Since work hours are less regulated in telework, employee effort and dedication are far more likely to be measured purely in terms of output or results. Fewer, if any, traces of non-productive work activities (research, self-training, dealing with technical problems or equipment failures) and time lost on unsuccessful attempts (early drafts, fruitless endeavors, abortive innovations) are visible to employers. Piece rate, commissions, or other performance-based compensation also become more likely for telecommuters. Furthermore, major chunks of per-employee expenses are absorbed by the telecommuter himself - from simple coffee, water, electricity, and telecommunications services, to huge capital expenses like office equipment or software licenses. Thus, hours spent on the job tend to be underestimated and expenses under-reported, creating overly optimistic figures of productivity gains and savings, some or all of those in fact coming out of the telecommuter's time and pocket.[citation needed]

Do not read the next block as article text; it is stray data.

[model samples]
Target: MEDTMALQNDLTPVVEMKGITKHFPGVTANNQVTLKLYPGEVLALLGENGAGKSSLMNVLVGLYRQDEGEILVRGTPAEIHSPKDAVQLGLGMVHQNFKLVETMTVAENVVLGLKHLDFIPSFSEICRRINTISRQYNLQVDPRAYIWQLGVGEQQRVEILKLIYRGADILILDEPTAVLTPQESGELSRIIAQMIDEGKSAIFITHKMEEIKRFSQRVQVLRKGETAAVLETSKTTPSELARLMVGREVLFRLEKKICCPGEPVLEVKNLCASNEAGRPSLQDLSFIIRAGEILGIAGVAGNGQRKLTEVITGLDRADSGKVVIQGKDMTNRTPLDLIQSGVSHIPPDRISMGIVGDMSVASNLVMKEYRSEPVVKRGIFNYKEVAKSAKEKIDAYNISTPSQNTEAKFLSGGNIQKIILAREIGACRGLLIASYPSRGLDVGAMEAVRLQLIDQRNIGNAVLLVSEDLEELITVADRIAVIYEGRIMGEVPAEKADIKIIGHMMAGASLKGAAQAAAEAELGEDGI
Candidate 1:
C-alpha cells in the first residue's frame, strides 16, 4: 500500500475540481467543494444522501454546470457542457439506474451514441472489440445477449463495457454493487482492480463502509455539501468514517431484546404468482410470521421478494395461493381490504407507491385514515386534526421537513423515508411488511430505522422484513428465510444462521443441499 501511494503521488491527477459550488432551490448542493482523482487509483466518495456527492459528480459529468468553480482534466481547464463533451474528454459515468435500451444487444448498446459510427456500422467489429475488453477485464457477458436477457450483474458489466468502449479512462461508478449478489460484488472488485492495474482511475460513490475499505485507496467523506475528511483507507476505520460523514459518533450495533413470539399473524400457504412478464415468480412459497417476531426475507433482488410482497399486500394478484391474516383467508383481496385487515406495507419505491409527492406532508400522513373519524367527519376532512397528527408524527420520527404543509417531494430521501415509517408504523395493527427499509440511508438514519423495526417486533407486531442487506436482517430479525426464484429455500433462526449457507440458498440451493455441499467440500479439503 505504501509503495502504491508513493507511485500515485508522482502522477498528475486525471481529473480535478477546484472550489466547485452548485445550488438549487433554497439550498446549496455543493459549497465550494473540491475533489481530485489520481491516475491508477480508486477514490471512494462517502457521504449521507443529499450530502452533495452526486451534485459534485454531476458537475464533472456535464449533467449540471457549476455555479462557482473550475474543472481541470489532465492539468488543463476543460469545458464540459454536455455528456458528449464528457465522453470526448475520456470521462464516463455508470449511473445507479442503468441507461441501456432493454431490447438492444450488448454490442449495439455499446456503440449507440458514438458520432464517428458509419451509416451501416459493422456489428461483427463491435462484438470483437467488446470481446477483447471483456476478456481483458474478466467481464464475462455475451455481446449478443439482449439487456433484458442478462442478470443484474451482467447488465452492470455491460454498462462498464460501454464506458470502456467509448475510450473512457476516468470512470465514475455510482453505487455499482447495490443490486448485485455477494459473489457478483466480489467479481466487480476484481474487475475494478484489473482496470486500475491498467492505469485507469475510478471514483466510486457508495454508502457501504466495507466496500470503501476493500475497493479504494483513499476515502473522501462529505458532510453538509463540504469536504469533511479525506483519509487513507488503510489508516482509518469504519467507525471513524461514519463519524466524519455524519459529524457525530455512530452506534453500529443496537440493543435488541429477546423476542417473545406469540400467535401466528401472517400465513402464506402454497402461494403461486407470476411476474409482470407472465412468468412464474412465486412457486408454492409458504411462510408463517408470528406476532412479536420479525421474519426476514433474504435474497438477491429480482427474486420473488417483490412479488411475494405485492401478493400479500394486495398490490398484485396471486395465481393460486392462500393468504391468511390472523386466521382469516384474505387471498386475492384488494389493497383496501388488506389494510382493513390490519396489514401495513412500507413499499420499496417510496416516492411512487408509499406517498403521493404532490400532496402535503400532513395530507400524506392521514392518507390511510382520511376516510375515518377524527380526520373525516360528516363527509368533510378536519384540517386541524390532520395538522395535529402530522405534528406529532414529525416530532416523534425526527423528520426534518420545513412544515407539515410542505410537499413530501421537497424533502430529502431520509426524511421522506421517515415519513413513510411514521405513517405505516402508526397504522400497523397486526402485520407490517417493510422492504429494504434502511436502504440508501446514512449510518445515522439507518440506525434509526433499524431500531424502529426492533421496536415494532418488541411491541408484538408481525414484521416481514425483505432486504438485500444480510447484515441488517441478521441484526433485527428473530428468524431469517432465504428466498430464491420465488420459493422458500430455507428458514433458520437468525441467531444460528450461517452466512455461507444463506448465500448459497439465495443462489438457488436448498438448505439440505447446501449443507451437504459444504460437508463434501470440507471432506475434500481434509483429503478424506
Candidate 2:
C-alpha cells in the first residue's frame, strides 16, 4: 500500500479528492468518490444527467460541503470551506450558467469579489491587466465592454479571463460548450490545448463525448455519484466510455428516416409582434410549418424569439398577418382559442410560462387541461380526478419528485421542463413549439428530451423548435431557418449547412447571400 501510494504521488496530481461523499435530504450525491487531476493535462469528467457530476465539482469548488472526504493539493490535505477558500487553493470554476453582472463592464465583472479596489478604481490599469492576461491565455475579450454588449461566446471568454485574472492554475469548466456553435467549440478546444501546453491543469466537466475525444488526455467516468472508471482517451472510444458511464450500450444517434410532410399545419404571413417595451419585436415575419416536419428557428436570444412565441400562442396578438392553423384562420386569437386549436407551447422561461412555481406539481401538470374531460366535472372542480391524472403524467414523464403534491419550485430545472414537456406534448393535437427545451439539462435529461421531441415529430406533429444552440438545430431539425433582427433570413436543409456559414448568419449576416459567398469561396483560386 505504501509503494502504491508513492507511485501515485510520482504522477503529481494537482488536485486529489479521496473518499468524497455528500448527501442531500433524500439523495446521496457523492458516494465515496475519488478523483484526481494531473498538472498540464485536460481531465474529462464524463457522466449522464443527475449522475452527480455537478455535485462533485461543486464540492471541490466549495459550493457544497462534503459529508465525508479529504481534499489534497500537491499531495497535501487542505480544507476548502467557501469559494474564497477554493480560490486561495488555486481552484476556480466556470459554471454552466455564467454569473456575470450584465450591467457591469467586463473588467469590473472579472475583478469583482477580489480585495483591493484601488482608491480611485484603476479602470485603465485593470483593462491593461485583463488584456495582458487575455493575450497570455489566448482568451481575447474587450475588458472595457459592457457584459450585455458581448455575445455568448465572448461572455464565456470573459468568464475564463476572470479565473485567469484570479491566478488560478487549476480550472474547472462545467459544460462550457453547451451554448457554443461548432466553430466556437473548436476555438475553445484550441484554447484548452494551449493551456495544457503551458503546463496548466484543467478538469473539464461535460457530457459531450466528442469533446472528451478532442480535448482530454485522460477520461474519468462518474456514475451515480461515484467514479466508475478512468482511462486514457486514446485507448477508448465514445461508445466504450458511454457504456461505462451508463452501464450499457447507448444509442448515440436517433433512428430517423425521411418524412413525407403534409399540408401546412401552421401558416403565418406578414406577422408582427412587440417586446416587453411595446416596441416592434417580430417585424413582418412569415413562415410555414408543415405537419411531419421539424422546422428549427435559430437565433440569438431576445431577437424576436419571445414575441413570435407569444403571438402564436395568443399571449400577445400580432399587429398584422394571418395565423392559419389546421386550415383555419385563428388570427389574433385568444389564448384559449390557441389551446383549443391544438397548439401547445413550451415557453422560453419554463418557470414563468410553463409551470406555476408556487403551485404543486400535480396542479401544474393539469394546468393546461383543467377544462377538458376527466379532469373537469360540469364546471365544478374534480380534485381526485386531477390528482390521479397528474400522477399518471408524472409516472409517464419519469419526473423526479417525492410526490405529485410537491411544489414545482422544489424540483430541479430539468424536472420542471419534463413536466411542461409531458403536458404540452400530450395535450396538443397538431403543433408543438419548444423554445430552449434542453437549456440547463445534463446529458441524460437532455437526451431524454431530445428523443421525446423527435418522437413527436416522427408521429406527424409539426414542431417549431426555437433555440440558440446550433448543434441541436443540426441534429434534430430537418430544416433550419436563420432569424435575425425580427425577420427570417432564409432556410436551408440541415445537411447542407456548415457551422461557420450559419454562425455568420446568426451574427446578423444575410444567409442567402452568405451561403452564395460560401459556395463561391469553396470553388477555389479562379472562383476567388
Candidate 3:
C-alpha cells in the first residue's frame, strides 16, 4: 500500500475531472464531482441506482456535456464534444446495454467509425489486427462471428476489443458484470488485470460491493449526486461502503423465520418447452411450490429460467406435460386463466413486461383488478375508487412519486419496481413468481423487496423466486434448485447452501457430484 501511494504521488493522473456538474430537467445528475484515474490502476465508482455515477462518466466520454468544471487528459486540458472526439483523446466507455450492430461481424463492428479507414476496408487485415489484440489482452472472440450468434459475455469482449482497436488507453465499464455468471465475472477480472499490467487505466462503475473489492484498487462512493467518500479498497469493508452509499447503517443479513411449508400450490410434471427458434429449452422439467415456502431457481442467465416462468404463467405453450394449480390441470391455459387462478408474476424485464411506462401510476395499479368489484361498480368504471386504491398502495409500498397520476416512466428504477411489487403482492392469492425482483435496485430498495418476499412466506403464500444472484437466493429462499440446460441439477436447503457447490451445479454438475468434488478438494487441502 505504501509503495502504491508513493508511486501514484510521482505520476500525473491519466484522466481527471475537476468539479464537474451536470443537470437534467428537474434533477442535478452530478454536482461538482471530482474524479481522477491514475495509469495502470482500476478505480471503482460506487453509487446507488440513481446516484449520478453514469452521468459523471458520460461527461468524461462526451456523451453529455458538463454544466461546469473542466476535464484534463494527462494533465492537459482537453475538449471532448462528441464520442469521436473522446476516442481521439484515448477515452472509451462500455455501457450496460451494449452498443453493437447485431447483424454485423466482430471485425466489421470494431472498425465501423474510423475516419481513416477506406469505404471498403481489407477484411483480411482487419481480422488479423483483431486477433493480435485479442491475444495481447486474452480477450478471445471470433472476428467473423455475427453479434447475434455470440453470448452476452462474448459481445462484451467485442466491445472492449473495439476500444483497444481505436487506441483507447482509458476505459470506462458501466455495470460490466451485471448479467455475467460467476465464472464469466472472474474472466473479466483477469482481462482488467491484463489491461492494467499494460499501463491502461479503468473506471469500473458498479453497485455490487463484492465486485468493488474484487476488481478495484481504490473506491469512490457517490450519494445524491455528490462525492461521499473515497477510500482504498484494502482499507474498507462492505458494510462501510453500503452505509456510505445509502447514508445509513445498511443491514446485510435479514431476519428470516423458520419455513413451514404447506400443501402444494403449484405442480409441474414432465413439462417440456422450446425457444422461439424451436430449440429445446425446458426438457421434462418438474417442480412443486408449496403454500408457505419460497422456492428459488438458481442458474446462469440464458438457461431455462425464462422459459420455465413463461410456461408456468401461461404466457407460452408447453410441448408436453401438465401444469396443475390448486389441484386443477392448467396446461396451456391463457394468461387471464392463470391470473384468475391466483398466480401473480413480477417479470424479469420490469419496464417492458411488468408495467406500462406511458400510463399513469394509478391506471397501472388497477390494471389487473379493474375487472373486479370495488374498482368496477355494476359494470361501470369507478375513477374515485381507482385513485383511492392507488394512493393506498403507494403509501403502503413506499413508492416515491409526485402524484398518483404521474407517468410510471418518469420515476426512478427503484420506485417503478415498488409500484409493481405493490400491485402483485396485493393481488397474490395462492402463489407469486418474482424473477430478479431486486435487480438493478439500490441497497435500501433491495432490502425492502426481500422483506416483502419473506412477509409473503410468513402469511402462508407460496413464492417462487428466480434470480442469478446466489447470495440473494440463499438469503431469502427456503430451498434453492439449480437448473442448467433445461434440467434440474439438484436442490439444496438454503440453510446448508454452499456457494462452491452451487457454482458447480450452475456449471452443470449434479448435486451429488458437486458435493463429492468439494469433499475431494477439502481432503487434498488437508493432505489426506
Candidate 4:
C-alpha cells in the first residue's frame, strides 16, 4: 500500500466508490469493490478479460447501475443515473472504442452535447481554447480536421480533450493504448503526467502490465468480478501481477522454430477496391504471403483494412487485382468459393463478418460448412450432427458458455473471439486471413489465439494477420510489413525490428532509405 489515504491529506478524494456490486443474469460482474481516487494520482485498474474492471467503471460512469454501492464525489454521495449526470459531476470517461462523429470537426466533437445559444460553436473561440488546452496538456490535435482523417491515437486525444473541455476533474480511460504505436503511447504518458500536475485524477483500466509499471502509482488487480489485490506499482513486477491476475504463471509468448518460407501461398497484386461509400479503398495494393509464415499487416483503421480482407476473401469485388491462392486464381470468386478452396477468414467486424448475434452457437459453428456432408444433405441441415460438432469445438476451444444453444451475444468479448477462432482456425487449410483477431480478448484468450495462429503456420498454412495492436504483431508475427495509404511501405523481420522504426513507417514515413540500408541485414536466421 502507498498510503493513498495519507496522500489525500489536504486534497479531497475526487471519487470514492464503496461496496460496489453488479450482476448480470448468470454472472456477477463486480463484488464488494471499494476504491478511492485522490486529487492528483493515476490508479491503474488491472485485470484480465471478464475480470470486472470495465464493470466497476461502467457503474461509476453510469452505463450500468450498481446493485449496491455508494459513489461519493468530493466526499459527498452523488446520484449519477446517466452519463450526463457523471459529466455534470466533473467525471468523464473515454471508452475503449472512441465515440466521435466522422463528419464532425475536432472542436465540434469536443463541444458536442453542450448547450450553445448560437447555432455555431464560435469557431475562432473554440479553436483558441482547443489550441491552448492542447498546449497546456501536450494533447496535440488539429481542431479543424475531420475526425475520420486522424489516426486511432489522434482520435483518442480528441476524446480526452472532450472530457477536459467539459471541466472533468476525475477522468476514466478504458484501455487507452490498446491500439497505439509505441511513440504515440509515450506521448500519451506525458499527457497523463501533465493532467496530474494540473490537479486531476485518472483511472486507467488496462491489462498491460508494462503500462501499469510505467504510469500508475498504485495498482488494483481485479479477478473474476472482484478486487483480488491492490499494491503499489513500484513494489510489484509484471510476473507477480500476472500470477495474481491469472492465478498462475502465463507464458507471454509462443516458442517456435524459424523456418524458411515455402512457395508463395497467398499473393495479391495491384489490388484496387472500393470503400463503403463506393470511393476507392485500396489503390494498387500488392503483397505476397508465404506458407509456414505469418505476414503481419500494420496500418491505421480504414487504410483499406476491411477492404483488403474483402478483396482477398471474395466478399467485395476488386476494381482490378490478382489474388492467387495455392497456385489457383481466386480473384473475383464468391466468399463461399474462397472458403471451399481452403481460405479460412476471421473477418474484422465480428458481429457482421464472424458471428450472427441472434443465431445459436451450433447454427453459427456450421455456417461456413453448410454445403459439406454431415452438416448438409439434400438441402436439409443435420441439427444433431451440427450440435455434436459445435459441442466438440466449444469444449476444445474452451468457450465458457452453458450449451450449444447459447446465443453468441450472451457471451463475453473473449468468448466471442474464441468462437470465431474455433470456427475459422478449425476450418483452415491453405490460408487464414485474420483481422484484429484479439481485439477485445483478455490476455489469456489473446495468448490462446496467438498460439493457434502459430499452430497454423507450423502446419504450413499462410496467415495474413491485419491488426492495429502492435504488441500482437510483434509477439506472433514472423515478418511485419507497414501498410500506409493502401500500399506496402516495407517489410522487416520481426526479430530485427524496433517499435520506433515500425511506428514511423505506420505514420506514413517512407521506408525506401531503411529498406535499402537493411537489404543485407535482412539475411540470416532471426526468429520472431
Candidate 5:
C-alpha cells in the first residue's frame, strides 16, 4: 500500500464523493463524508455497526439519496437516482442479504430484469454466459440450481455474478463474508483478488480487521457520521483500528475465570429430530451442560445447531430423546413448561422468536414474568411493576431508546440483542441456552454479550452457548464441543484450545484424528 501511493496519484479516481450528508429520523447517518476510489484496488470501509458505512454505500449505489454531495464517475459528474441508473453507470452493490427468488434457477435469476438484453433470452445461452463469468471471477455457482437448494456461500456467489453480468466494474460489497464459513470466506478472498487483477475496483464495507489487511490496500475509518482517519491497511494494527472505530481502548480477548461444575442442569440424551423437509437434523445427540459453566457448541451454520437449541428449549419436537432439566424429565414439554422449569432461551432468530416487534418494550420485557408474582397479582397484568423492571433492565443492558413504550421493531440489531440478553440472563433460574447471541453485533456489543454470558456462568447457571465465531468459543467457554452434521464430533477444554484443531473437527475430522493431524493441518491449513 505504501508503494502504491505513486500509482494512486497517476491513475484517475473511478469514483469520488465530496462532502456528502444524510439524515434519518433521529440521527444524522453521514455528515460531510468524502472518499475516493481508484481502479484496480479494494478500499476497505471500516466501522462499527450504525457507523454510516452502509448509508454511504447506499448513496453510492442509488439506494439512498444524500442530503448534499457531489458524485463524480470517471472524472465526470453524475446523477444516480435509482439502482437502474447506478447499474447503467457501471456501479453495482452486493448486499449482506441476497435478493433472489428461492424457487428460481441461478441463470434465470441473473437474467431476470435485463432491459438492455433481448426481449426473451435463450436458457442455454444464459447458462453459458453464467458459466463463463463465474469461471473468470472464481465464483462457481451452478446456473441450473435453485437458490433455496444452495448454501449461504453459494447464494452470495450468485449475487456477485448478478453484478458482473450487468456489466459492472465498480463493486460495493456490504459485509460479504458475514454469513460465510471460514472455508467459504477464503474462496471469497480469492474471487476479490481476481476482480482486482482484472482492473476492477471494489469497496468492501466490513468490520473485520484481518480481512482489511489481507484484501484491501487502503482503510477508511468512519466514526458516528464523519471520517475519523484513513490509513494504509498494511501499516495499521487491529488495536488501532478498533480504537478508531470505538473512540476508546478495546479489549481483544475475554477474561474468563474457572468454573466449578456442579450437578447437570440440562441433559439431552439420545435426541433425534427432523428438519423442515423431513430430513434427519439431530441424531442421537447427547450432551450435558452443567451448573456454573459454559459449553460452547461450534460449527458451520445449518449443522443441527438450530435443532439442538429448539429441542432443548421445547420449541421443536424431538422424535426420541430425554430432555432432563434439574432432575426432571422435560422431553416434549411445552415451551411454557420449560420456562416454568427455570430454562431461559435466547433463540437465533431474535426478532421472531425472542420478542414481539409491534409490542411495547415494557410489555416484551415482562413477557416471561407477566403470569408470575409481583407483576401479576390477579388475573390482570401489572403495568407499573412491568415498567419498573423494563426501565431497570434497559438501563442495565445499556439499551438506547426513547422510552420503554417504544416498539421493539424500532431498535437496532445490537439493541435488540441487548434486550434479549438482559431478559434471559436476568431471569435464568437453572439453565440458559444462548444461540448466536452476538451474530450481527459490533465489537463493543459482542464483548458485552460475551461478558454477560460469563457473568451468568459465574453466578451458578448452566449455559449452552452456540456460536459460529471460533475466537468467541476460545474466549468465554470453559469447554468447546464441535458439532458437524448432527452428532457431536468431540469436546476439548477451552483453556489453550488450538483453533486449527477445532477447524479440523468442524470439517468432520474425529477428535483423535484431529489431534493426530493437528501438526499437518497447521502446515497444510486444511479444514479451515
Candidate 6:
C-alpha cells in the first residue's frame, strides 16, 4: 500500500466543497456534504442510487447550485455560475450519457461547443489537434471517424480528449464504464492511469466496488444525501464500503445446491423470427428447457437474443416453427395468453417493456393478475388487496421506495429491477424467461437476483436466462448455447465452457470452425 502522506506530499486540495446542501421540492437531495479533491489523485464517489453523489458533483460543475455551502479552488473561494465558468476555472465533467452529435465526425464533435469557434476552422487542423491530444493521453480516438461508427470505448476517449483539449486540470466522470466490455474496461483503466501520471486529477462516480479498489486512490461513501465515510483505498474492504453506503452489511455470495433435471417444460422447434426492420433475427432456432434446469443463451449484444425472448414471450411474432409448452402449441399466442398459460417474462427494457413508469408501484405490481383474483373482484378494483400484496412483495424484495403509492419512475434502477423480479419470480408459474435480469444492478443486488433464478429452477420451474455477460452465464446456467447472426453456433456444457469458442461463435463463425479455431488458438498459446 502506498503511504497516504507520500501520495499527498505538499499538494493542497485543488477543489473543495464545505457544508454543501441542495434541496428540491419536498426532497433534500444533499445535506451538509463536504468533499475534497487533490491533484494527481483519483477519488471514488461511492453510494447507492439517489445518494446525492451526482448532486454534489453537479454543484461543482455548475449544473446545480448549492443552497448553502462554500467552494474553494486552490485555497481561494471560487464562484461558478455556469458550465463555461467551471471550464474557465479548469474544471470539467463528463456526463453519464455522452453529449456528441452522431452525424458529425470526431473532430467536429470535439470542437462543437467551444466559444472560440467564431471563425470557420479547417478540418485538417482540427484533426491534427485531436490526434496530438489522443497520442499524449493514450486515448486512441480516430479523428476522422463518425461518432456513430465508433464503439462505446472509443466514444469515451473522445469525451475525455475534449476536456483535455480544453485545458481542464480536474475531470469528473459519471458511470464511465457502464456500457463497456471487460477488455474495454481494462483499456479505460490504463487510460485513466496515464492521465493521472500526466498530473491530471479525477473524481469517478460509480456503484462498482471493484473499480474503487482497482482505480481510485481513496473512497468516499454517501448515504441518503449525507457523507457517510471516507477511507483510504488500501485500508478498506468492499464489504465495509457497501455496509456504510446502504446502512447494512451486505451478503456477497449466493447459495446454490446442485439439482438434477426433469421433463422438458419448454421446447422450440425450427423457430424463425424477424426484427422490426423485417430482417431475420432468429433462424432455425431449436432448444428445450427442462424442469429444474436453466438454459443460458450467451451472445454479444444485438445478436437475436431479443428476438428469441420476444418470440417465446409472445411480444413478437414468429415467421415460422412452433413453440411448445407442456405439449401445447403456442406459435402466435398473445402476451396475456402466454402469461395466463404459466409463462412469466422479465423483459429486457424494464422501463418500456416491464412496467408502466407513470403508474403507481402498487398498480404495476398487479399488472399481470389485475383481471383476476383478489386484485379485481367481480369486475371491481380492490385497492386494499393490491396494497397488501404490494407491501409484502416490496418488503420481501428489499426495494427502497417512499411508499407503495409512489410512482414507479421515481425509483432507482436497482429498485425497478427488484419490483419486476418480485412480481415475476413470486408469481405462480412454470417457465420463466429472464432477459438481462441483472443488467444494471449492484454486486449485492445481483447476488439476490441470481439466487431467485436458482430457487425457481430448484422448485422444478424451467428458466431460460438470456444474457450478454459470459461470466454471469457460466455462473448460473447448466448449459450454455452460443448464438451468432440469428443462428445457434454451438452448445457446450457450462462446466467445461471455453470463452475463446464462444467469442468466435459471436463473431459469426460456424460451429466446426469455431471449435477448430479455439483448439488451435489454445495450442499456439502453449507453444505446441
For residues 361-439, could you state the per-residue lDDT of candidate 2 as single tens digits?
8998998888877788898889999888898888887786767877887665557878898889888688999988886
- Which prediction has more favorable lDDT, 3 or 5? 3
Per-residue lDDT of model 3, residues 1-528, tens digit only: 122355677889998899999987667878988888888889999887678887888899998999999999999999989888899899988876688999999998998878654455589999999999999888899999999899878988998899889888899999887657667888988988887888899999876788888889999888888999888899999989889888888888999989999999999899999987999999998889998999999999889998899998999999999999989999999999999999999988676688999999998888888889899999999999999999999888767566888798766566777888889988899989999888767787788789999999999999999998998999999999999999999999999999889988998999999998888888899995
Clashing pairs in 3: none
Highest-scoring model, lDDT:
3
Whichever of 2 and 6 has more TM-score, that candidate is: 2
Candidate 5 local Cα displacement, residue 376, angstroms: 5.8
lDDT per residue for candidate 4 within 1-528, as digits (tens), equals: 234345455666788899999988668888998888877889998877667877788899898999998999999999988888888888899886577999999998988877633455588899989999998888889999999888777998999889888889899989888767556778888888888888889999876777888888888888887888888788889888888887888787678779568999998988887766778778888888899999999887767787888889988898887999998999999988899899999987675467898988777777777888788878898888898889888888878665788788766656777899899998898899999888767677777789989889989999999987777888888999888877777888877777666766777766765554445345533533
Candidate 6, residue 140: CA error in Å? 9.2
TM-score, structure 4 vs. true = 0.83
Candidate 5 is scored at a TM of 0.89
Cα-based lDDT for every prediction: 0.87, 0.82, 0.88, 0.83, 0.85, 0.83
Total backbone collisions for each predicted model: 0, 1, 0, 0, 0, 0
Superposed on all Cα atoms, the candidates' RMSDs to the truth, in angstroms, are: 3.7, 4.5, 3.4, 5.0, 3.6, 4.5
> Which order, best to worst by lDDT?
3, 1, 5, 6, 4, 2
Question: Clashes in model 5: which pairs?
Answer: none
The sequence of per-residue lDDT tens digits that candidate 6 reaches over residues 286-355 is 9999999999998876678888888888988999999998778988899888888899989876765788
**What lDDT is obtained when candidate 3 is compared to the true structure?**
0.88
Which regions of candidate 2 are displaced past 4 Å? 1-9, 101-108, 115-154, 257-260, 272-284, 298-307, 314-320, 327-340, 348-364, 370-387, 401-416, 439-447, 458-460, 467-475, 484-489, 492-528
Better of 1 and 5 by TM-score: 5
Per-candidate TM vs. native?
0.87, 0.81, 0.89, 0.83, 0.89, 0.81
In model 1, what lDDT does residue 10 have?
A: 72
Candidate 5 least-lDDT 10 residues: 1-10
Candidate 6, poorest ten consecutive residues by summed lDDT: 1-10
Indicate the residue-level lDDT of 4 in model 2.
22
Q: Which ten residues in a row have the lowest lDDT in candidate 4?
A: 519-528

What Employees Say: “The money is uncapped, and you’re honestly in the driver seat of your bonus. This is the best (and easiest) incentive package I’ve ever had in the work field! There are also so many other perks that come with the job such as great benefits, fun culture, and TONS of room for growth. Amex really does believe in you!!.” —Current Employee
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